Shane Orchard

Shane Orchard
PhD Student, Waterways Centre, University of Canterbury and Lincoln University, New Zealand

Shane Orchard is a resource management scientist based in New Zealand. He works on coastal and waterway management with a focus on land-water boundary issues, freshwater-saline mixing zones, and climate change. Shane has been studying surf break management since 2004 in connection with developing coastal policy and practical tools for implementation. He is currently working as an independent consultant in water resource management and completing a part-time PhD on coastal resilience to climate change. Aside from surfing, Shane’s other interests include kayaking, mountaineering, and backcountry snowboarding. He is also a developer of the citizen platform NatureWatch NZ.

Presentation Title: A Comparison of New Zealand and Australian Surf Break Protection Systems: Bottom-Up Meets Top-Down Towards Something in the Middle?
Presentation Day: Tuesday 14th March
Presentation Time: 10.35 - 10.55am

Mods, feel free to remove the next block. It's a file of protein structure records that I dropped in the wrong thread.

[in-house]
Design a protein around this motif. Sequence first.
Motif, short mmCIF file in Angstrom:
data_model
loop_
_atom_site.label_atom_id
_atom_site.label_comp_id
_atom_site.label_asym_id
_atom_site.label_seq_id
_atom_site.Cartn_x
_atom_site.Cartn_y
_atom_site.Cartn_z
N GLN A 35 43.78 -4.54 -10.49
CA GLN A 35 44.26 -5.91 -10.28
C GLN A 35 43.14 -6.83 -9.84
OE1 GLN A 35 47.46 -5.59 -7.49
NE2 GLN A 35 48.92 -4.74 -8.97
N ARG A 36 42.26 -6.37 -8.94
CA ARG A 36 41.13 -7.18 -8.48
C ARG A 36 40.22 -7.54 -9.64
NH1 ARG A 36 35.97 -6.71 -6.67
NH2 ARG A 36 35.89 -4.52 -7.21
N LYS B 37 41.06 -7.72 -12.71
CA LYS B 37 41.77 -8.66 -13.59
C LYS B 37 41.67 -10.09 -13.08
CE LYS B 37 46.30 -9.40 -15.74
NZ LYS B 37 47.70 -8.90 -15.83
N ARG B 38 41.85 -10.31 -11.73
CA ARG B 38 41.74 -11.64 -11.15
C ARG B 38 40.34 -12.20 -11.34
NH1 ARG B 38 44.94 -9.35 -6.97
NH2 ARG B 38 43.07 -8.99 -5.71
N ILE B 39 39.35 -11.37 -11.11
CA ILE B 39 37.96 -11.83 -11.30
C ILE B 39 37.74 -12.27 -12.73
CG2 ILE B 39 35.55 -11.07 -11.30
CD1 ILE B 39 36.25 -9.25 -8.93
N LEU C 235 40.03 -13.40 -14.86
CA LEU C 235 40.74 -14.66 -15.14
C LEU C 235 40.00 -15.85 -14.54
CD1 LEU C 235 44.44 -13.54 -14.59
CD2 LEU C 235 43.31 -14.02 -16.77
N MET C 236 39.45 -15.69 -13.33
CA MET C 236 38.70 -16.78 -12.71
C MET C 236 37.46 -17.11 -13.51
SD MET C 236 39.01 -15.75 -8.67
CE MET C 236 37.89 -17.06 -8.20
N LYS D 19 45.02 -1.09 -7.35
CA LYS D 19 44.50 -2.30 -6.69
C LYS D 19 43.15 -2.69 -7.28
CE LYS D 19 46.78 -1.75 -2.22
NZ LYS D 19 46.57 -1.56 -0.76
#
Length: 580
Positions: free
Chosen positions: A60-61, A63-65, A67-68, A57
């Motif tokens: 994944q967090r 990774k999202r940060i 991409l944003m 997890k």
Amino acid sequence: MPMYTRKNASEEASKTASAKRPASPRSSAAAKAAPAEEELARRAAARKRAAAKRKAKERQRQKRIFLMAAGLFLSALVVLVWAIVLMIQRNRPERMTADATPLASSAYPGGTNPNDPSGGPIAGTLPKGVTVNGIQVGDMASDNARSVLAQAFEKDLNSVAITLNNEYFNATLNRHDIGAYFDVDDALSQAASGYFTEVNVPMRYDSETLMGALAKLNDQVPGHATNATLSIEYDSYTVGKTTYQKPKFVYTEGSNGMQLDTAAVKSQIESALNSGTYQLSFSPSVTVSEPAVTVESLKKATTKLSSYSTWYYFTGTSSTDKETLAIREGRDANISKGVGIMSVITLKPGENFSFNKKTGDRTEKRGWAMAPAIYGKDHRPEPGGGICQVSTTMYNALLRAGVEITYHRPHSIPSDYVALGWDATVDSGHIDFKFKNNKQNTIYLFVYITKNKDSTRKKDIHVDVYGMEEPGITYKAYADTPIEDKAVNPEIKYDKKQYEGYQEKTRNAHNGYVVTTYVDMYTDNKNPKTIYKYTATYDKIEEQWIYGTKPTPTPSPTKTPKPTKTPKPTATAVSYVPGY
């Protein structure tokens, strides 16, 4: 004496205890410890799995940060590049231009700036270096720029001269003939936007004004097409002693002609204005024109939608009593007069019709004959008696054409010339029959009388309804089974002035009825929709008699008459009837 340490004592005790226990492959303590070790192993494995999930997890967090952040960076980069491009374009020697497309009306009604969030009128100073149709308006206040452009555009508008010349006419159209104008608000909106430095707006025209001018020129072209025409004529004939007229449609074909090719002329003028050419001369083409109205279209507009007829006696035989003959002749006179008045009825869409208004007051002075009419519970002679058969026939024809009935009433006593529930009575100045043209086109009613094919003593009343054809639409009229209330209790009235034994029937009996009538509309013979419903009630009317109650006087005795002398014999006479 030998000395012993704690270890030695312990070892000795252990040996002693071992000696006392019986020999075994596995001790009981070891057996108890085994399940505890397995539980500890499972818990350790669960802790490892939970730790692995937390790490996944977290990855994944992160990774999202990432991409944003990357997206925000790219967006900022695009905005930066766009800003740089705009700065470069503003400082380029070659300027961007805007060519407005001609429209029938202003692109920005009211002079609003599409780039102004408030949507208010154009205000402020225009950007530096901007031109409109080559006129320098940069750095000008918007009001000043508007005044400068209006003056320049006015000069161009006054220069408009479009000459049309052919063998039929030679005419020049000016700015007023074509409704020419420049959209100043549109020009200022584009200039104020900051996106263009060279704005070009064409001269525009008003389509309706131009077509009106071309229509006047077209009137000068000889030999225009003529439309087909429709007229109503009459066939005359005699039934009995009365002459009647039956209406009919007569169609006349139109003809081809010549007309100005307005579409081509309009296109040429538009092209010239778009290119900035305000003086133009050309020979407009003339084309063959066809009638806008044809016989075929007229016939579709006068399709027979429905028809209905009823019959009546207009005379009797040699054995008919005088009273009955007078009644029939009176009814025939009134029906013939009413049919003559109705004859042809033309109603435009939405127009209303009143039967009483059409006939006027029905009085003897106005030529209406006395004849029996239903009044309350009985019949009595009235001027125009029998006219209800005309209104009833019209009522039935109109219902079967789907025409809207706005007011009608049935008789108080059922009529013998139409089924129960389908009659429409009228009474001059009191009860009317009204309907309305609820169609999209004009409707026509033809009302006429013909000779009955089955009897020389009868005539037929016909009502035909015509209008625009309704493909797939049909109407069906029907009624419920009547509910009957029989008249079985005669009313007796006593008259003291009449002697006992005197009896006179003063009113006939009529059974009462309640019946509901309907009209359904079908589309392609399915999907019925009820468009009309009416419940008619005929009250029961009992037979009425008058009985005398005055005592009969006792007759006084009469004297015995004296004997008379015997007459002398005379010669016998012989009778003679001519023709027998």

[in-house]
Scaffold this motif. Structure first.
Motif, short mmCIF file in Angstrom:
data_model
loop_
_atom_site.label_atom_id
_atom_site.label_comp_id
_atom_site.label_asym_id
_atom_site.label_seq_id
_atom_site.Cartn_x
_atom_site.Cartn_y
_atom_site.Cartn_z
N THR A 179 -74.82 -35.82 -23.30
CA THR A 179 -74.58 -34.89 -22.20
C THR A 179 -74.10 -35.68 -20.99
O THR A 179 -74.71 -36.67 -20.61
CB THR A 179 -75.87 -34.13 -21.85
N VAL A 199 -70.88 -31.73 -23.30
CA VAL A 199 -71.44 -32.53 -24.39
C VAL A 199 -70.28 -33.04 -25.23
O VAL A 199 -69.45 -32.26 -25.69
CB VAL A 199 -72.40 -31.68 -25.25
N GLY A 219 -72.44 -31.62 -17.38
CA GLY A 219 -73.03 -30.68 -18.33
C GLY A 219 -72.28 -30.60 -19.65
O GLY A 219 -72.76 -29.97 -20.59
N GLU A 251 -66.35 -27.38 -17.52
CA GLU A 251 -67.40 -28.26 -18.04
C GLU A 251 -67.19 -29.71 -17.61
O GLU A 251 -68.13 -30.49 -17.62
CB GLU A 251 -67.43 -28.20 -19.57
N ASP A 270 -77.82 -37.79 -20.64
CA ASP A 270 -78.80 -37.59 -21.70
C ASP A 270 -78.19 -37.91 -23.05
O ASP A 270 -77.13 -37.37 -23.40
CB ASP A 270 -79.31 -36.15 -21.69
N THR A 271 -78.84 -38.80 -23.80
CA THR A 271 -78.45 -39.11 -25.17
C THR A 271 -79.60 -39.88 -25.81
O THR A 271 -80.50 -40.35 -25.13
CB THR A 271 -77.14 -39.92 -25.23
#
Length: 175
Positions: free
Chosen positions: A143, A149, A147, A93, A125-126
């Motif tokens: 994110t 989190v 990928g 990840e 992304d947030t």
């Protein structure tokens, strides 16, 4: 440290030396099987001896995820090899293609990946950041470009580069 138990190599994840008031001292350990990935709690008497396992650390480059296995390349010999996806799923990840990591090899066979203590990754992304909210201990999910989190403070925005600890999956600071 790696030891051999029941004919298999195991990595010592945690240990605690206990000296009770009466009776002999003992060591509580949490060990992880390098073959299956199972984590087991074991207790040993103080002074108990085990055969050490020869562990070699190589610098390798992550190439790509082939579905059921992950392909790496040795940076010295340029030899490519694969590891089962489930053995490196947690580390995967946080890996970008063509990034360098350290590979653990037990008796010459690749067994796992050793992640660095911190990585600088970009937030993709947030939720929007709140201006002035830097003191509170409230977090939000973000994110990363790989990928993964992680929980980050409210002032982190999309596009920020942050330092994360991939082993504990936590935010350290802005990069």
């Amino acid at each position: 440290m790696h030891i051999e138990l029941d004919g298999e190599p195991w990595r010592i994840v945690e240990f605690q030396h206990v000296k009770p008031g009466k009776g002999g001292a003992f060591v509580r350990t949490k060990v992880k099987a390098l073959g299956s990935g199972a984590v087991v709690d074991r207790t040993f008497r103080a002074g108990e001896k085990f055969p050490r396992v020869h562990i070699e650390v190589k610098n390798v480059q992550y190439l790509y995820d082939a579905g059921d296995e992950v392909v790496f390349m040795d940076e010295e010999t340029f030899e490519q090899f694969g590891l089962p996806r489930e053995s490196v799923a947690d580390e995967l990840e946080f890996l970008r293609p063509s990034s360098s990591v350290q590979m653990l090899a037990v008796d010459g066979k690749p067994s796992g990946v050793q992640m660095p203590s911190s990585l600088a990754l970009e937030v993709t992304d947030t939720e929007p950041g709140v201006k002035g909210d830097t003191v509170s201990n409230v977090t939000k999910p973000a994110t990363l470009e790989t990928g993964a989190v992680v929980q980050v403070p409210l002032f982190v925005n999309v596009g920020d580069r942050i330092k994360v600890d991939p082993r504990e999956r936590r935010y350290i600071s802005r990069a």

Surf breaks are unique and valuable components of the coastal environment. Although these values are becoming increasingly recognised around the world, initiatives in Australia and New Zealand have led the development of protection mechanisms to address them. A major advance in New Zealand was the identification of surf breaks of ‘national significance’ in national coastal policy, along with other provisions for surf breaks. These include a definition for surf break that supports spatial recognition and triggers a range of obligations for resource management authorities responsible for implementation (Peryman & Orchard, 2013). These developments occurred in the context of input from surfers to the review of the New Zealand Coastal Policy Statement. In the process it became apparently that there was no authoritative source on the values of New Zealand surf breaks nor had criteria been developed to determine aspects important for concept of national significance. A solution to the needs of ‘top-down’ policy was found in the form of information in a guidebook (Morse & Brunskill, 2004). Specifically, the ‘stoke ratings’ assigned to each break by the authors became accepted as a legitimate proxy for other more systematic considerations that might have be applied. This was supported by encouragement from submitters whose focus was on the need for some practical method of identifying qualifying breaks within the relatively compressed timeline for decision making. Breaks receiving stoke ratings of 10 were accepted with the one exception being Papatowai, based on evidence of its status as New Zealand’s premier big wave location. There was no reassessment of any surf break’s rating prior to their acceptance, and in a peculiar twist, one break with a stoke rating of 10 was omitted from the list, being the Spit at White Rock. The equivalent designation in Australia’s National Surfing Reserves programme (NSR) is a national surfing reserve, and the question of potential candidates was also canvassed with the preparation of an initial list (Farmer & Short, 2007). The process of assessing candidate sites has also been strongly ‘bottom-up’ with the most fundamental aspect being a community-driven application process that is required prior to formal assessment. An additional aspect is the substantial information base required to address a comprehensive set of assessment criteria (Short & Farmer, 2012). This differs markedly from the New Zealand example. More recently, both countries have seen increasing attention to surf breaks at the regional level. In New Zealand this now includes several examples of systematic approaches to protection in statutory policies and plans (Orchard, 2017). Recent research has shown considerable differences in these approaches. These are described with examples of the approaches used. A discussion then follows relating these developments to the Australian concept of Regional Surfing Reserves. Implications from the New Zealand experience highlight the importance of assessment criteria design, and the assessment frameworks they are used in. In addition, the information base to which the assessment is applied is highly variable in comparison to the Australian approach that requires comprehensive information to be compiled by the community of interest. Although the contexts for a systematic region-wide assessment versus case by case consideration of individual sites are different, the principle of information sufficiency indicates that systematic assessments may improved by approaches to information somewhere between these two extremes. A comparison of the systems developed to date in both countries also shows variable views on the inclusion of management-related criteria in assessments such as the presence of threats, or level of resourcing available to address them. This is a more philosophical aspect of the status concept that is influenced by the policy context and protection mechanisms intended following designation of a site.